The Department of Commerce reported:
The U.S. Census Bureau and the U.S. Bureau of Economic Analysis, through the Department of Commerce, announced today that the goods and services deficit was $40.4 billion in March, down $6.5 billion from $47.0 billion in February, revised. March exports were $176.6 billion, $1.5 billion less than February exports. March imports were $217.1 billion, $8.1 billion less than February imports.
The trade deficit was smaller than the consensus forecast of $41.4 billion.
The first graph shows the monthly U.S. exports and imports in dollars through March 2016.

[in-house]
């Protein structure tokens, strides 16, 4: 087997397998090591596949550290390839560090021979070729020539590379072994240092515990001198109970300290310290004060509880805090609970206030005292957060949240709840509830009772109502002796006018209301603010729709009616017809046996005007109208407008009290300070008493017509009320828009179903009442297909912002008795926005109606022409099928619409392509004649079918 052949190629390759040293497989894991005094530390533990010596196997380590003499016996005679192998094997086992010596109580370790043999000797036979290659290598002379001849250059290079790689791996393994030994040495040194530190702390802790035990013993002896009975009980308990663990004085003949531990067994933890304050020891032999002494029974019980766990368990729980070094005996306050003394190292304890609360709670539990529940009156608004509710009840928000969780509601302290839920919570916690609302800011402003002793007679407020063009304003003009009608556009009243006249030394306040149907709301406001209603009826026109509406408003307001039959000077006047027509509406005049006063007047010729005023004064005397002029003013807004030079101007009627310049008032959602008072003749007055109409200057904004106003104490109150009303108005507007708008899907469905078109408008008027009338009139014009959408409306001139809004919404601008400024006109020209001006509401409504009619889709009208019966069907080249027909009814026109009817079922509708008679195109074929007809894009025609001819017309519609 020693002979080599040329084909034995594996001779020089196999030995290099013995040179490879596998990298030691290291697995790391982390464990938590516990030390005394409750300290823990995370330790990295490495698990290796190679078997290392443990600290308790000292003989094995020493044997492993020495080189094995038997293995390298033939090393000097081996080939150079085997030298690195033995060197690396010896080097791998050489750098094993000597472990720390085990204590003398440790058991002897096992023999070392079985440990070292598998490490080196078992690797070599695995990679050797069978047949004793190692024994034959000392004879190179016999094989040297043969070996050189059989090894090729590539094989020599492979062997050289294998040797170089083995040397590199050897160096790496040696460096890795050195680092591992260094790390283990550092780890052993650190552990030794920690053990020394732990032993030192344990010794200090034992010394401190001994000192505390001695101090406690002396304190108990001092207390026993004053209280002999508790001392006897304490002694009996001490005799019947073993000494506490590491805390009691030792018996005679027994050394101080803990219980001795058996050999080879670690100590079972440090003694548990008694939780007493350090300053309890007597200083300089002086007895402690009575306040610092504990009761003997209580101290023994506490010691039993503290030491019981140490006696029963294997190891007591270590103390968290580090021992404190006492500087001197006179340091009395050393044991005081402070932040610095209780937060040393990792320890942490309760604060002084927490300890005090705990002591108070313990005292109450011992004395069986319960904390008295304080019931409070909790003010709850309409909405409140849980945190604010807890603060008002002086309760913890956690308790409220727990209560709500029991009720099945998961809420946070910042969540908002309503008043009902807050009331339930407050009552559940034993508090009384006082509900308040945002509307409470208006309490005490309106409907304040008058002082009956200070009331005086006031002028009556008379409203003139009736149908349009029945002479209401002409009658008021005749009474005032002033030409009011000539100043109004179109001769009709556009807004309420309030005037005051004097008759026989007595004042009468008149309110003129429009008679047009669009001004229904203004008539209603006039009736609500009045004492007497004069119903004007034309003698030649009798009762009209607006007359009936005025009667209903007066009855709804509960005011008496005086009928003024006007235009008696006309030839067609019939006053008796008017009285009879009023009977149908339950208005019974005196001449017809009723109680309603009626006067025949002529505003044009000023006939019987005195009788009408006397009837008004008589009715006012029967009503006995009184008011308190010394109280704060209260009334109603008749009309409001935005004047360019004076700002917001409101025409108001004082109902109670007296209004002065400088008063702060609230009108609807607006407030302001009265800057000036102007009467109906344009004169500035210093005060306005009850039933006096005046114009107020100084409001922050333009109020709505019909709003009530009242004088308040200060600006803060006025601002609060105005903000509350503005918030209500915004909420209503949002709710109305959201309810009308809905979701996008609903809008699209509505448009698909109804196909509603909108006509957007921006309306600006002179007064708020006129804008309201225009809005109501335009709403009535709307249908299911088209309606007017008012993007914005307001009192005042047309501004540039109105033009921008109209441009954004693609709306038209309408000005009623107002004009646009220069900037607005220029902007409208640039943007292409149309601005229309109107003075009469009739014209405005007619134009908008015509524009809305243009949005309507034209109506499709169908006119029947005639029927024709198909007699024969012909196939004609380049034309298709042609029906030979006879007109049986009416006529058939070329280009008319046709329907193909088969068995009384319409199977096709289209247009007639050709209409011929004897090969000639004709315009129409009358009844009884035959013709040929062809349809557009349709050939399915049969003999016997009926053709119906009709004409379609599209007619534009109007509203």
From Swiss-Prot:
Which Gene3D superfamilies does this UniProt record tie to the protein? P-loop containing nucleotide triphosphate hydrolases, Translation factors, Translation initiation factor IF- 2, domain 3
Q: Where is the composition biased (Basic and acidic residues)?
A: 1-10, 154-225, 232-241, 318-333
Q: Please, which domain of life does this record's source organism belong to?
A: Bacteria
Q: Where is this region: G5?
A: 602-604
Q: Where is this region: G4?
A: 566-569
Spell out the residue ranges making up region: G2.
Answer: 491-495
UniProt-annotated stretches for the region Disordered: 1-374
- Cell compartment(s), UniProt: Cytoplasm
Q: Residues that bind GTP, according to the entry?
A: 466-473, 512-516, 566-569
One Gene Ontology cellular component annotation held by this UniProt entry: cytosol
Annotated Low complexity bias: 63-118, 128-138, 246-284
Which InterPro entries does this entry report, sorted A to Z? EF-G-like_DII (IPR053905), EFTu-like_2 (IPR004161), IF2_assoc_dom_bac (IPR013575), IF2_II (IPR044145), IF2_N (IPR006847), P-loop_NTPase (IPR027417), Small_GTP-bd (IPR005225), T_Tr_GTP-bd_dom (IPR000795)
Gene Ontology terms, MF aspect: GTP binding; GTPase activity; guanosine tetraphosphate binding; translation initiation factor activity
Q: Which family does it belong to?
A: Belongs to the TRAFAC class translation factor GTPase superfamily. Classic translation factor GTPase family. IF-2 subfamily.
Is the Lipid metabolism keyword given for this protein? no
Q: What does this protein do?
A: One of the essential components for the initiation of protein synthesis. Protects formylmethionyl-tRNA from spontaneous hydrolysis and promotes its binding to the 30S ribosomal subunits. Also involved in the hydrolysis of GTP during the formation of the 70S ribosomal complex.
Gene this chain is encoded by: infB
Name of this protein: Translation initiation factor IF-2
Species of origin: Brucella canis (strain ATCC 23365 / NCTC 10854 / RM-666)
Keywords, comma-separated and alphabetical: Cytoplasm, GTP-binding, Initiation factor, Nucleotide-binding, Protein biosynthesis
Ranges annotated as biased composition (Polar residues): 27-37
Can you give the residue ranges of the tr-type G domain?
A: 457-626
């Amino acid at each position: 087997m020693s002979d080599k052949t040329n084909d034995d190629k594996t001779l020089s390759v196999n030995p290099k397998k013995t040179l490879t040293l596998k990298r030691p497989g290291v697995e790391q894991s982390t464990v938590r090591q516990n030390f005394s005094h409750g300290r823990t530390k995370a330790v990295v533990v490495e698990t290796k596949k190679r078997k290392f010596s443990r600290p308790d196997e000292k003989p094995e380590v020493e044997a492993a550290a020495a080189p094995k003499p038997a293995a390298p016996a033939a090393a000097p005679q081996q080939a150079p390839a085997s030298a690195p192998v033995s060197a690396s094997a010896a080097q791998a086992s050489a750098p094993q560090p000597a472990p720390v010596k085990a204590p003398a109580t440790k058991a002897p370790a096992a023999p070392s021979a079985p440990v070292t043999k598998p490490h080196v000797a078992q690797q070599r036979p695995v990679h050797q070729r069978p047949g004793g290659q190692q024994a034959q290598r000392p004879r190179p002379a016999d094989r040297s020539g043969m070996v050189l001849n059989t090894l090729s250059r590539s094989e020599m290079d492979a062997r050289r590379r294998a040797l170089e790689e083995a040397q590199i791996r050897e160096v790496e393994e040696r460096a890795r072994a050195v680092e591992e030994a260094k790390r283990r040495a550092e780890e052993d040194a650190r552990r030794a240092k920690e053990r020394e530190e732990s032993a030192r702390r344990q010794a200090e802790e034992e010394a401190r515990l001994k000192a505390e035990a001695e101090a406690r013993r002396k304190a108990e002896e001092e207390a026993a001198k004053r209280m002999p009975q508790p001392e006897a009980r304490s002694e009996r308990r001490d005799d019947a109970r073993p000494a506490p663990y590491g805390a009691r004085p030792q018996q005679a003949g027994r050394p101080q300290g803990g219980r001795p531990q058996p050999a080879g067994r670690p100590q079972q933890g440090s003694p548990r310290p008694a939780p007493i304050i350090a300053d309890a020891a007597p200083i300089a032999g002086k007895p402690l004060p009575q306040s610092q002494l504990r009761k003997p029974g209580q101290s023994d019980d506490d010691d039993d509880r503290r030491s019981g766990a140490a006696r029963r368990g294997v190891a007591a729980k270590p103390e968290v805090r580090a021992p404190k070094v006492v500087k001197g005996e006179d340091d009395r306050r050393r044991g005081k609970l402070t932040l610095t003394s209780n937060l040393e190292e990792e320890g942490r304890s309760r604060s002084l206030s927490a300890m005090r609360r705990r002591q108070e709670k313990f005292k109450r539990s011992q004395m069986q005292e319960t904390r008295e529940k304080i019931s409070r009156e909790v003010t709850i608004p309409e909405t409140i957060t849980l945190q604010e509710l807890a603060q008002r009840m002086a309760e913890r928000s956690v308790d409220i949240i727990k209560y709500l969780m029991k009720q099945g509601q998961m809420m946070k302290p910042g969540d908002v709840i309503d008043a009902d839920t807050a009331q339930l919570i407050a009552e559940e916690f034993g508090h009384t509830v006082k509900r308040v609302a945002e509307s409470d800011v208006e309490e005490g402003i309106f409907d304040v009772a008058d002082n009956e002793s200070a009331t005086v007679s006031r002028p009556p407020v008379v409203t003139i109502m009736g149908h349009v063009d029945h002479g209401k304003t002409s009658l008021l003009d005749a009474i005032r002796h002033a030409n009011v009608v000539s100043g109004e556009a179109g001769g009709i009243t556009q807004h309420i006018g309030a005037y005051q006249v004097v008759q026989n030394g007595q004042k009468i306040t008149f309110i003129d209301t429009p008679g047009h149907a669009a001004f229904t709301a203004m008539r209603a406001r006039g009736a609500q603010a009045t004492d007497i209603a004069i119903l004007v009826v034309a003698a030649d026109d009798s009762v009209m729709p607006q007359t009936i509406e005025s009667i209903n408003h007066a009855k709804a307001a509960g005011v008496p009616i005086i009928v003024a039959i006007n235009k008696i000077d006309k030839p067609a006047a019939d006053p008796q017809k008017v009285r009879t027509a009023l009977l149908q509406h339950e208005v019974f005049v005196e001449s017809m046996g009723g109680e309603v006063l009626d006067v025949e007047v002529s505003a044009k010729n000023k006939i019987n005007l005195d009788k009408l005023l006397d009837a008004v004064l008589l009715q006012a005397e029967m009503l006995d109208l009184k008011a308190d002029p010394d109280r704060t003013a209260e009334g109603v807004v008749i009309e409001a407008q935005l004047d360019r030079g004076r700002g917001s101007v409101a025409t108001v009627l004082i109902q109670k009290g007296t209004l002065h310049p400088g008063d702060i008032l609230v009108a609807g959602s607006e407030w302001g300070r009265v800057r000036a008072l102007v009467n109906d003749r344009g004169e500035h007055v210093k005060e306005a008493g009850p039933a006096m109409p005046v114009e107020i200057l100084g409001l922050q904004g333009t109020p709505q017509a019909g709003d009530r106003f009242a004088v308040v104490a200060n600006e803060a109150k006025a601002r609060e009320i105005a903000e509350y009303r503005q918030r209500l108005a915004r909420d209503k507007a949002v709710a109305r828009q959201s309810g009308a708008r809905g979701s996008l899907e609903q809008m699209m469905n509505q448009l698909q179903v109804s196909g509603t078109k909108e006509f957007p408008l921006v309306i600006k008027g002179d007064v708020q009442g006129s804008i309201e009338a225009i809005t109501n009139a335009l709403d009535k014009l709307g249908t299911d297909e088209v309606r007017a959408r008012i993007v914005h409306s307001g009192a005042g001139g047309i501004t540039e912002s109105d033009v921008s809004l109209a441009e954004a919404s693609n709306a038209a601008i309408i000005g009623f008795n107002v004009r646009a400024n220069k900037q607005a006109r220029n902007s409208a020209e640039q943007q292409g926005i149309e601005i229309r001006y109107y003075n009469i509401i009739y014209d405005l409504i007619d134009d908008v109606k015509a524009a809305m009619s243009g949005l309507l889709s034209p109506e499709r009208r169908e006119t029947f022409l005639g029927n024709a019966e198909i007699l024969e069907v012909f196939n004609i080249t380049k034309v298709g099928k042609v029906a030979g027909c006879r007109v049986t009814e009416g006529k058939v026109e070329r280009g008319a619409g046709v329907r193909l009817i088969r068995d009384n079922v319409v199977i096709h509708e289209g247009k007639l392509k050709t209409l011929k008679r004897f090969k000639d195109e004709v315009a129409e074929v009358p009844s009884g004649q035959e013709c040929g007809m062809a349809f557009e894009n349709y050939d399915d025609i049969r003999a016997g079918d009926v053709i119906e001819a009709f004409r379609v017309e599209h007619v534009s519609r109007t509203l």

Both imports and exports decreased in March.
Exports are 6% above the pre-recession peak and down 5% compared to March 2015; imports are 6% below the pre-recession peak, and down 9% compared to March 2015.
The second graph shows the U.S. trade deficit, with and without petroleum.
Oil imports averaged $27.68 in March, up from $27.48 in February, and down from $46.47 in March 2015. The petroleum deficit has generally been declining and is the major reason the overall deficit has declined a little since early 2012.
The trade deficit with China decreased to $20.9 billion in March, from $31.2 billion in March 2015 (there was a surge in imports last year in March -as ships were unloaded – following the West Coast port slowdown). The deficit with China is a substantial portion of the overall deficit.